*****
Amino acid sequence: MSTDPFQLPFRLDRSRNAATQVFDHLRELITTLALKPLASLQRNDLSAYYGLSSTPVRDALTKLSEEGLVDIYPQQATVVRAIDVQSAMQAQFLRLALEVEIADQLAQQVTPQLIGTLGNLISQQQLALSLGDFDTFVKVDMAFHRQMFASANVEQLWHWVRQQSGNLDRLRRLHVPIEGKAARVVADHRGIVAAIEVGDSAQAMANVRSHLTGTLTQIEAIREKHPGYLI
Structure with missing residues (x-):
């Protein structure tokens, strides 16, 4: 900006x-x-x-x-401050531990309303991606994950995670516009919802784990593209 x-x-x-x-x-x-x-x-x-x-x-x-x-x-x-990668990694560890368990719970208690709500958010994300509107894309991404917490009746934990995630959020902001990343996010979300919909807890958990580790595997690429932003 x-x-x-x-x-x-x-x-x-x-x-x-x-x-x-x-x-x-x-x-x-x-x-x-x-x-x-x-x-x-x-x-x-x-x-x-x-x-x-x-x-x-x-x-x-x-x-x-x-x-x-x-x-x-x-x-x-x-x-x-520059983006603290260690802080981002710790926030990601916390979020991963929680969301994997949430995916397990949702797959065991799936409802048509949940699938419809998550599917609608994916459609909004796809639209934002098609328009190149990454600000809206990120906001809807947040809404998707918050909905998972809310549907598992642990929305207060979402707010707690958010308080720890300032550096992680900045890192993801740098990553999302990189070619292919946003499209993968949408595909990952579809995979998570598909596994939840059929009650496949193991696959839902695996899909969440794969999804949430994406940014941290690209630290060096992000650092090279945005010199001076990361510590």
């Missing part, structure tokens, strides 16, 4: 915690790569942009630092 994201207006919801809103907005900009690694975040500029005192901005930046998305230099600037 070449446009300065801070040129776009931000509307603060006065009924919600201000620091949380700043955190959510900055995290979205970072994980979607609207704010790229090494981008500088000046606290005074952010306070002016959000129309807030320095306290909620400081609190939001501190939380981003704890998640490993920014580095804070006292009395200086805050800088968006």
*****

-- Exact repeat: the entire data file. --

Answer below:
Amino acid sequence: MSTDPFQLPFRLDRSRNAATQVFDHLRELITTLALKPLASLQRNDLSAYYGLSSTPVRDALTKLSEEGLVDIYPQQATVVRAIDVQSAMQAQFLRLALEVEIADQLAQQVTPQLIGTLGNLISQQQLALSLGDFDTFVKVDMAFHRQMFASANVEQLWHWVRQQSGNLDRLRRLHVPIEGKAARVVADHRGIVAAIEVGDSAQAMANVRSHLTGTLTQIEAIREKHPGYLI
Structure with missing residues (x-):
């Protein structure tokens, strides 16, 4: 900006x-x-x-x-401050531990309303991606994950995670516009919802784990593209 x-x-x-x-x-x-x-x-x-x-x-x-x-x-x-990668990694560890368990719970208690709500958010994300509107894309991404917490009746934990995630959020902001990343996010979300919909807890958990580790595997690429932003 x-x-x-x-x-x-x-x-x-x-x-x-x-x-x-x-x-x-x-x-x-x-x-x-x-x-x-x-x-x-x-x-x-x-x-x-x-x-x-x-x-x-x-x-x-x-x-x-x-x-x-x-x-x-x-x-x-x-x-x-520059983006603290260690802080981002710790926030990601916390979020991963929680969301994997949430995916397990949702797959065991799936409802048509949940699938419809998550599917609608994916459609909004796809639209934002098609328009190149990454600000809206990120906001809807947040809404998707918050909905998972809310549907598992642990929305207060979402707010707690958010308080720890300032550096992680900045890192993801740098990553999302990189070619292919946003499209993968949408595909990952579809995979998570598909596994939840059929009650496949193991696959839902695996899909969440794969999804949430994406940014941290690209630290060096992000650092090279945005010199001076990361510590």
């Missing part, structure tokens, strides 16, 4: 915690790569942009630092 994201207006919801809103907005900009690694975040500029005192901005930046998305230099600037 070449446009300065801070040129776009931000509307603060006065009924919600201000620091949380700043955190959510900055995290979205970072994980979607609207704010790229090494981008500088000046606290005074952010306070002016959000129309807030320095306290909620400081609190939001501190939380981003704890998640490993920014580095804070006292009395200086805050800088968006």